Share this entry

Share this page

citation

Pronunciation: /saɪˈteɪʃən/

Translation of citation in Spanish:

noun/nombre

  • 1.1 c and u (quotation) cita (feminine)
    Example sentences
    • Not that the book lacks citations, references and footnotes.
    • The endnotes are primarily scholarly citations of sources, while the footnotes amplify, explain, or illuminate details or side stories.
    • In 1905, he published five landmark papers without footnotes or citations.
    1.2 countable/numerable (commendation) mención (feminine)
    Example sentences
    • Those records include the official after-action report, citations for Bronze Stars awarded for heroism that day and now the Task Force 115 report.
    • He has received many citations and official commendations and published two volumes of collected poems he wrote.
    • The citation praises in particular the penthouse flat which it describes as a tour de force.
    Example sentences
    • The remainder of the story is best told in the citation accompanying the award of his Air Force Cross.
    • The citation accompanying the award said he was tasked with the disposal of two sea mines.
    • He read the citation accompanying the award and added his own praise.
    1.3 countable/numerable [Law/Derecho] citación (feminine) (judicial), emplazamiento (masculine)
    Example sentences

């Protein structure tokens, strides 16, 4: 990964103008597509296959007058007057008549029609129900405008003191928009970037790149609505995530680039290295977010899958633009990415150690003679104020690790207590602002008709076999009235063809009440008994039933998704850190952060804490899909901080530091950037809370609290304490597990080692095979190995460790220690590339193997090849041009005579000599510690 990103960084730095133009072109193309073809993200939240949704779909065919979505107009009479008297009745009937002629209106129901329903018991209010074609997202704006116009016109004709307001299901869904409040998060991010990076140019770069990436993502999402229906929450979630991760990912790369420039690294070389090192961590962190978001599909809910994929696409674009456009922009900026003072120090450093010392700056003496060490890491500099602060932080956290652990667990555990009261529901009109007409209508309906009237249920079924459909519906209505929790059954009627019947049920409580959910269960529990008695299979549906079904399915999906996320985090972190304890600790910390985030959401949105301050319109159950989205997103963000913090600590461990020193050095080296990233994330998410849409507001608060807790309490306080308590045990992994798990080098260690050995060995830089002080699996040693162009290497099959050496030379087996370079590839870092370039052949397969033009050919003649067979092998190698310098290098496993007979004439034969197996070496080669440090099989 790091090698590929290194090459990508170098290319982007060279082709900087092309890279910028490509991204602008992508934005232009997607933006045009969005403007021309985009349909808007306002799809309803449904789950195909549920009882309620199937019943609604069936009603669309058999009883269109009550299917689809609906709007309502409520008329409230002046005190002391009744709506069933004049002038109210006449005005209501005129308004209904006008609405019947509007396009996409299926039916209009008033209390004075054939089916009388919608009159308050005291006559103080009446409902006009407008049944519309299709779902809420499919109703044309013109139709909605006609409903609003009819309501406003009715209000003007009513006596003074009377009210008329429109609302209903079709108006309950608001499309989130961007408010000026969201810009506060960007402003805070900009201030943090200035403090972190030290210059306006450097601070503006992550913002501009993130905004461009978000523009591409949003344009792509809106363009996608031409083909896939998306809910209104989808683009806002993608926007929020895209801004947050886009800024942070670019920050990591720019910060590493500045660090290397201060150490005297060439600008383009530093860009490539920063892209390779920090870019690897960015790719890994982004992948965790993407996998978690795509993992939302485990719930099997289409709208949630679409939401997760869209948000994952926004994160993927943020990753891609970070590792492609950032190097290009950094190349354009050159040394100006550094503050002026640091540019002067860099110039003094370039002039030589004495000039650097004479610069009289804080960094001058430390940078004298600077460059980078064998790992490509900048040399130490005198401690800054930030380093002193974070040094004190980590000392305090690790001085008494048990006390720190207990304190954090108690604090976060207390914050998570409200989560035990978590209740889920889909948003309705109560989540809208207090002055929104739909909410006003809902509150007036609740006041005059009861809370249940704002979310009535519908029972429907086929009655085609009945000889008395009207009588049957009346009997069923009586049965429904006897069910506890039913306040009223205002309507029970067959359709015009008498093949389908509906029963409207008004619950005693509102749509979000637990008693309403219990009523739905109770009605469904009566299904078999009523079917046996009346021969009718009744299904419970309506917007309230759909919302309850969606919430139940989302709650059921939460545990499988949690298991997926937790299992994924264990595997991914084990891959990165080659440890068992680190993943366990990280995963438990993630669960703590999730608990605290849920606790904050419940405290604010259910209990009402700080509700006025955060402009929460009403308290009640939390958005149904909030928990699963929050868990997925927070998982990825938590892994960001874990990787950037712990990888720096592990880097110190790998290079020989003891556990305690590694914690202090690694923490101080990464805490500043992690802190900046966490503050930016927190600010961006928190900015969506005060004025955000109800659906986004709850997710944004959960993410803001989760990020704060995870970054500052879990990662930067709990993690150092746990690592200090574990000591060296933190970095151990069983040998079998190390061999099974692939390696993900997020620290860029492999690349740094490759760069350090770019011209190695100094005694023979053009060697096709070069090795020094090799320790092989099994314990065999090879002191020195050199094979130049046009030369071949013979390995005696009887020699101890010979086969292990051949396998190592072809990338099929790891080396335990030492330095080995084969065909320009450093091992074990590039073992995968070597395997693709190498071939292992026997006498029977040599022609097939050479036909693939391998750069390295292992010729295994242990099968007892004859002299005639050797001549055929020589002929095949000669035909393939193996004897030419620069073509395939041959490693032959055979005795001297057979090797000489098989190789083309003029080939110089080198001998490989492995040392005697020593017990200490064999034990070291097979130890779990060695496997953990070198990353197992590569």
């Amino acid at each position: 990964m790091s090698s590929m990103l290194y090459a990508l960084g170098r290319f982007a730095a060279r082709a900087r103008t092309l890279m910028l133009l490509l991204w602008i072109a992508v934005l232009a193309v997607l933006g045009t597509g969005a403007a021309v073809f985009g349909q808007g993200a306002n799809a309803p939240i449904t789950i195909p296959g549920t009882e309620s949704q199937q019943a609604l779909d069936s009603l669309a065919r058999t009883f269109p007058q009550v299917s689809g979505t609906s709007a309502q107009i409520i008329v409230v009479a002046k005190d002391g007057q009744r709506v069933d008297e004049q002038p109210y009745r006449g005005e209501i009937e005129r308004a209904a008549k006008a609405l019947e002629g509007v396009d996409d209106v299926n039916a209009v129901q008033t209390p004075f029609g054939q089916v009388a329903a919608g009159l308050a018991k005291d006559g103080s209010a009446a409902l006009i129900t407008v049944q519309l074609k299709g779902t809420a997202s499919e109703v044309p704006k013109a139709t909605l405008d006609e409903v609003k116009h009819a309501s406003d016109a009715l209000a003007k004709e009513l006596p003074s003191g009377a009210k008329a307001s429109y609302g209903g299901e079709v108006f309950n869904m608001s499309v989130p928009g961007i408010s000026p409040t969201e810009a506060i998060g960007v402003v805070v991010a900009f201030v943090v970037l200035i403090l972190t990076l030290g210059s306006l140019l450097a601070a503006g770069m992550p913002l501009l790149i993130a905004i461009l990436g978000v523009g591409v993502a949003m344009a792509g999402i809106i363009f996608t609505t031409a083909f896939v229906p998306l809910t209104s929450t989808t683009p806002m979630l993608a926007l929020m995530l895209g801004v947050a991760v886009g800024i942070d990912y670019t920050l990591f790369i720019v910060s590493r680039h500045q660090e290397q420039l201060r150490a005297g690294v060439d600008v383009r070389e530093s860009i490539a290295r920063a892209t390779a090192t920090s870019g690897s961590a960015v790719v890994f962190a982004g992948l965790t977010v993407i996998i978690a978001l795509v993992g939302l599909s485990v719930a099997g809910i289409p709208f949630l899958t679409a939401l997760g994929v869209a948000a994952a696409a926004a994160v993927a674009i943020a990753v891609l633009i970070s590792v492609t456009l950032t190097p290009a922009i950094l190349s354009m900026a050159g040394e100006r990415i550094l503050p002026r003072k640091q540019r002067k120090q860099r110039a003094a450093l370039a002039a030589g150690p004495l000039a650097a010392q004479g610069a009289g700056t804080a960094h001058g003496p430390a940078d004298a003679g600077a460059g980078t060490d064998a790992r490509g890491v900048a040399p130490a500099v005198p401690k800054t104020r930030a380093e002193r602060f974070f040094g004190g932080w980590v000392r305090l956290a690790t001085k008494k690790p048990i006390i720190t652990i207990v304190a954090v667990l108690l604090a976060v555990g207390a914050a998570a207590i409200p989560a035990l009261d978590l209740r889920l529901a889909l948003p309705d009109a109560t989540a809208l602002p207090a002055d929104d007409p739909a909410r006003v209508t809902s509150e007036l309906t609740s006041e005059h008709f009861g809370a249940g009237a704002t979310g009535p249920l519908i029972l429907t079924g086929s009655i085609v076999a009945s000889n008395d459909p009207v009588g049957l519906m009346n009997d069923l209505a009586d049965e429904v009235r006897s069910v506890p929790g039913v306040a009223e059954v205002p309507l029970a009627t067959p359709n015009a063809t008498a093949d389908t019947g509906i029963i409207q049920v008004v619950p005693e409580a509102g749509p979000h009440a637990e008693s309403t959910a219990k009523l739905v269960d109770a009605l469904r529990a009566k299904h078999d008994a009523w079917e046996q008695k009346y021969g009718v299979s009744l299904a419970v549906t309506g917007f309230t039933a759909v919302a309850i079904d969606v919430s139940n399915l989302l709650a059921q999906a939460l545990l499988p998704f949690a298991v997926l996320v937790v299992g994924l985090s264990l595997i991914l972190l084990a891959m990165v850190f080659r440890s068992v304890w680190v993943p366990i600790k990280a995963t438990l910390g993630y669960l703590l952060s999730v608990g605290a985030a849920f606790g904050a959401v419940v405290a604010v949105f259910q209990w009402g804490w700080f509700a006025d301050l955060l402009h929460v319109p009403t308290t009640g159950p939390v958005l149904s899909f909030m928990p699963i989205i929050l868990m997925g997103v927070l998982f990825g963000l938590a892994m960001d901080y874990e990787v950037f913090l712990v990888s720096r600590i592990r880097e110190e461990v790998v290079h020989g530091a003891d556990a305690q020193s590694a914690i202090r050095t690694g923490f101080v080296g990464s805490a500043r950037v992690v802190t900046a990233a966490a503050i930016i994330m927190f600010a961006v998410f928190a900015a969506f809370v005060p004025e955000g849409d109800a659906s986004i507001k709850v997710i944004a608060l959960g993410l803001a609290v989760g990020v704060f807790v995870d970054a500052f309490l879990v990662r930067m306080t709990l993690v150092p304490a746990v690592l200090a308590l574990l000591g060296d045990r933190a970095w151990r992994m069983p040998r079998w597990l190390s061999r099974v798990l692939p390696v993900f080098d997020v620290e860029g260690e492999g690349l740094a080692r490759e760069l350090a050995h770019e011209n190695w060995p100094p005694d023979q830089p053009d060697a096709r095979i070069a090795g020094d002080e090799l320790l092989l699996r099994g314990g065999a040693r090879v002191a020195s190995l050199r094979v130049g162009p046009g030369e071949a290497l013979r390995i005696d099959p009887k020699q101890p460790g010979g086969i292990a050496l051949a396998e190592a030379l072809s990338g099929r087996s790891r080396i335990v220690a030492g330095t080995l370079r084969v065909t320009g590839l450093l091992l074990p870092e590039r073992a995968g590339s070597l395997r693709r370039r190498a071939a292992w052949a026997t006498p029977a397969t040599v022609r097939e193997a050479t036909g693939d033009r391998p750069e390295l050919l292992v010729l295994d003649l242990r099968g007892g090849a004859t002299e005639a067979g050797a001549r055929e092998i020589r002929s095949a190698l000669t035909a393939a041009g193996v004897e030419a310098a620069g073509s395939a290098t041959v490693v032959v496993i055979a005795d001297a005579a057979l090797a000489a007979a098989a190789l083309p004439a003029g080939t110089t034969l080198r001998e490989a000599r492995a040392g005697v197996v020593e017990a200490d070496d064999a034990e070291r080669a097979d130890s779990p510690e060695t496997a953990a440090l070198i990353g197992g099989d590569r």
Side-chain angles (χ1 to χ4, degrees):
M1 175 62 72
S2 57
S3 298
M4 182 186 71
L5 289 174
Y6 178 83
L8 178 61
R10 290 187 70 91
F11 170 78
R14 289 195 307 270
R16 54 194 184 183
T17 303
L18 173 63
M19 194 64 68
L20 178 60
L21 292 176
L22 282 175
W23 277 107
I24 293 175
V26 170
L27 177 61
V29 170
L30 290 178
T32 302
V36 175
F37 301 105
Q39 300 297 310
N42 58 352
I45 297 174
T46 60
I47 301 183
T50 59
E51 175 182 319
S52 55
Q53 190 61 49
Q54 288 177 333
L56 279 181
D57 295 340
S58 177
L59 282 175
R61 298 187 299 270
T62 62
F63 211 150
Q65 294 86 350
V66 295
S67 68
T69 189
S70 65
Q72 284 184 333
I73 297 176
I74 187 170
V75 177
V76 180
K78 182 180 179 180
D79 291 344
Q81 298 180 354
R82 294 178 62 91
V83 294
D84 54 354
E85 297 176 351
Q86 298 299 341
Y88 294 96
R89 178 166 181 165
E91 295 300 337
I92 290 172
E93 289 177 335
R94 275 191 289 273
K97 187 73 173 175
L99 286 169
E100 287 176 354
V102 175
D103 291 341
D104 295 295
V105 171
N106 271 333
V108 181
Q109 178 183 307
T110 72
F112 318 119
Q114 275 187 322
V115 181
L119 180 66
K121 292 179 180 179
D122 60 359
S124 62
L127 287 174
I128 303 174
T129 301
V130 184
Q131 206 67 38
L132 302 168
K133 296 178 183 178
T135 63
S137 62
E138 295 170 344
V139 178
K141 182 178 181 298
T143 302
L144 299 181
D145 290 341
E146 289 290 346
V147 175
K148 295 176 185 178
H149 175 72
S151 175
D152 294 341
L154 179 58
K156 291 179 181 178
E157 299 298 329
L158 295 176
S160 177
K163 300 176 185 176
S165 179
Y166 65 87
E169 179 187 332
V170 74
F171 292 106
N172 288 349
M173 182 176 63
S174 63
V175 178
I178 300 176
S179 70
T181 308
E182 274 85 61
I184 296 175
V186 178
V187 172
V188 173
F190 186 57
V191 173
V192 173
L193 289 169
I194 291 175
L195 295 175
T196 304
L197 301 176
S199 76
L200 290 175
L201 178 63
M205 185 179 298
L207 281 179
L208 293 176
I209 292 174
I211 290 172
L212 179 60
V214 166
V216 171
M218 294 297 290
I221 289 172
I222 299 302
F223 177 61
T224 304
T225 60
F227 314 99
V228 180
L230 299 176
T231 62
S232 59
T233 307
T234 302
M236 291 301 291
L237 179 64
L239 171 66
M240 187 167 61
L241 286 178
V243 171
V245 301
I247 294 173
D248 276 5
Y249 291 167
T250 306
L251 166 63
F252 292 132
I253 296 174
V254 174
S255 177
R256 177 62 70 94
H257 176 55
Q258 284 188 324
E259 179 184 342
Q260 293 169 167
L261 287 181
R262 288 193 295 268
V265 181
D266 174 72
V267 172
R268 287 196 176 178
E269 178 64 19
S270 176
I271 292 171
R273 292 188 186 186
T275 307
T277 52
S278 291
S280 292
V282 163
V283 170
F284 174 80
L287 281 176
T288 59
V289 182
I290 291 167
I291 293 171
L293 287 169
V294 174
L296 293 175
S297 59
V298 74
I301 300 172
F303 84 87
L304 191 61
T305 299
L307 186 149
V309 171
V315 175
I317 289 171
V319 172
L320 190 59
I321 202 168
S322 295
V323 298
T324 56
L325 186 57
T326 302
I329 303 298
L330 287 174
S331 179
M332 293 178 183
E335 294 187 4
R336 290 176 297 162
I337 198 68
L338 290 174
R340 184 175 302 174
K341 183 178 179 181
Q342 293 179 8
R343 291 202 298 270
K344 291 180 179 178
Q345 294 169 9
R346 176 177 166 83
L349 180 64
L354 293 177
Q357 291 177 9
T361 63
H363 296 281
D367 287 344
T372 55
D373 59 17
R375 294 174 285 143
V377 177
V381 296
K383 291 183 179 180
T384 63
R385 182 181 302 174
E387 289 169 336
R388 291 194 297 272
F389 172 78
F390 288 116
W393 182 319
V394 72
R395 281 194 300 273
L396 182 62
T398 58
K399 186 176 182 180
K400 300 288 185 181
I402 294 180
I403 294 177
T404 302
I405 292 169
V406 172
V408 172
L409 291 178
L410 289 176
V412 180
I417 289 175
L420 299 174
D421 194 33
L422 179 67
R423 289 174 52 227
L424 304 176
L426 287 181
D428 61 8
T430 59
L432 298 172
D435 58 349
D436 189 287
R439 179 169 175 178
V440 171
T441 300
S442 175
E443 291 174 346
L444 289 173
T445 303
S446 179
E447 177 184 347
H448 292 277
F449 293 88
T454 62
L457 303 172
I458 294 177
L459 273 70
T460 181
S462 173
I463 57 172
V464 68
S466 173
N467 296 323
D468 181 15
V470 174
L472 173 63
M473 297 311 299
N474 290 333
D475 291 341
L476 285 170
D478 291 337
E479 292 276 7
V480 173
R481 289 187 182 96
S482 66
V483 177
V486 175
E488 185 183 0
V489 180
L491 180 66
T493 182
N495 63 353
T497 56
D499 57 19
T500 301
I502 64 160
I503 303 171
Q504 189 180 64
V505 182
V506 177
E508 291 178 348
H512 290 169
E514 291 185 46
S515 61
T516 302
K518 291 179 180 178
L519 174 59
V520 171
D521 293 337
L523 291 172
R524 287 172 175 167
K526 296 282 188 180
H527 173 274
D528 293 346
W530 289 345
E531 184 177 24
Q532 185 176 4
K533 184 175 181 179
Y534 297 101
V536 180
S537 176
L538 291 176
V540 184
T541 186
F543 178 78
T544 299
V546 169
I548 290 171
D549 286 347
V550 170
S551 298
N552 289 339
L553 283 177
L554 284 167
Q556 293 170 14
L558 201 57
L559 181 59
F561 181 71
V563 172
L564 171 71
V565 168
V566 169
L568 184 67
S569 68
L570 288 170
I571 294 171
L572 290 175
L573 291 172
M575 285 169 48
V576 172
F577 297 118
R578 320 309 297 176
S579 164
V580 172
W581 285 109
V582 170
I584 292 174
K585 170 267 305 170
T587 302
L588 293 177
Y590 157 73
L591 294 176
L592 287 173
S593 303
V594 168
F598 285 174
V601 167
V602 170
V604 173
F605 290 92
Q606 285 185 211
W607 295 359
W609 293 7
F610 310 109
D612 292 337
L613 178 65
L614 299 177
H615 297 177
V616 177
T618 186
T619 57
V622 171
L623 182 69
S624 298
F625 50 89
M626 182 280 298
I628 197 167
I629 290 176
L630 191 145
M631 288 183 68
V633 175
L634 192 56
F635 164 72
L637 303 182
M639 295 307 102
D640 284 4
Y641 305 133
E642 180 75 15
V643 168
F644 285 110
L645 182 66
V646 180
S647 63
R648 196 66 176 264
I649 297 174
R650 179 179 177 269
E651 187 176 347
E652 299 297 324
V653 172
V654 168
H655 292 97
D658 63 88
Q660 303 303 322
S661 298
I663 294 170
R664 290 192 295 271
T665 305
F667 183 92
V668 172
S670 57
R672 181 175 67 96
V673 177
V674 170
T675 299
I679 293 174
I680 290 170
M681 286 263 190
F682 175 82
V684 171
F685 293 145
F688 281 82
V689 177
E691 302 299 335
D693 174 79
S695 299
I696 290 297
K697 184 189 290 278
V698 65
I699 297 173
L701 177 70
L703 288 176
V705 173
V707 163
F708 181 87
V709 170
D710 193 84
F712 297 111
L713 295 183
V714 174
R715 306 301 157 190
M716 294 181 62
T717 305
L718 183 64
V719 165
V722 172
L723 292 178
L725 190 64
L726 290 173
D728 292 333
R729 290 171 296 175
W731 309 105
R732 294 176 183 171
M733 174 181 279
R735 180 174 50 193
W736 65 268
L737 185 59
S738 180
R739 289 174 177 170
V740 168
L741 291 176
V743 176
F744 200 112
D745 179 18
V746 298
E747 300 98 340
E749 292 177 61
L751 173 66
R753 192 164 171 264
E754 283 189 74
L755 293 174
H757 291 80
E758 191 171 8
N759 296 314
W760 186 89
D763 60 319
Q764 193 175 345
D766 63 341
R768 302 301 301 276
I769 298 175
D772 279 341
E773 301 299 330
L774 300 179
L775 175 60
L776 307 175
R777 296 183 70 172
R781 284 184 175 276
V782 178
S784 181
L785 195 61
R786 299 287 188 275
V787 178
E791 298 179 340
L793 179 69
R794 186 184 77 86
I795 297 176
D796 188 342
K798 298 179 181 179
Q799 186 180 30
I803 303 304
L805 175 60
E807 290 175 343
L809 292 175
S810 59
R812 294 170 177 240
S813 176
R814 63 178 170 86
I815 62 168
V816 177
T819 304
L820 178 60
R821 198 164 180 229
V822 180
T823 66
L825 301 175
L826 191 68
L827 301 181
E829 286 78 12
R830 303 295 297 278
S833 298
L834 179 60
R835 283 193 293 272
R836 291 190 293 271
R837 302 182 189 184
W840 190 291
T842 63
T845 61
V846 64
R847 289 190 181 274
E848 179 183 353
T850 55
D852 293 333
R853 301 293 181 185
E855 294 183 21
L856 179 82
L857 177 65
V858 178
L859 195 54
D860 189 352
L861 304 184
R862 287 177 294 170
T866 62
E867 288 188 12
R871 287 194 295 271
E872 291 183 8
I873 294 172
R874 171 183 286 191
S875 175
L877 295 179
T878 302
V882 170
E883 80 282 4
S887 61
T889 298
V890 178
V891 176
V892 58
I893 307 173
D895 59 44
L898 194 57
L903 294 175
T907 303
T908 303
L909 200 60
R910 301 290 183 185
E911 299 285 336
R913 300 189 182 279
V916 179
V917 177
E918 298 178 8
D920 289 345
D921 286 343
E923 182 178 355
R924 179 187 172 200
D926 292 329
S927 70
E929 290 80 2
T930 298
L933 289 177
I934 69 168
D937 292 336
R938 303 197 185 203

• A citation requires a court appearance with the punishment and fine being determined by the judge upon conviction.
    • Indeed, he was told he would face a contempt of court citation if he disclosed either his complaint or the censure.
    • The police prosecutor has used it in court to look up the driving history of people who were appealing traffic citations.

Definition of citation in:

Share this entry

Share this page

 

What do you find interesting about this word or phrase?

Comments that don't adhere to our Community Guidelines may be moderated or removed.

Get more from Oxford Dictionaries

Subscribe to remove ads and access premium resources

Word of the day trocha
f
path …
Cultural fact of the day

Spain's literary renaissance, known as the Golden Age (Siglo de Oro/i>), roughly covers the sixteenth and seventeenth centuries. It includes the Italian-influenced poetry of figures such as Garcilaso de la Vega; the religious verse of Fray Luis de León, Santa Teresa de Ávila and San Juan de la Cruz; picaresque novels such as the anonymous Lazarillo de Tormes and Quevedo's Buscón; Miguel de Cervantes' immortal Don Quijote; the theater of Lope de Vega, and the ornate poetry of Luis de Góngora.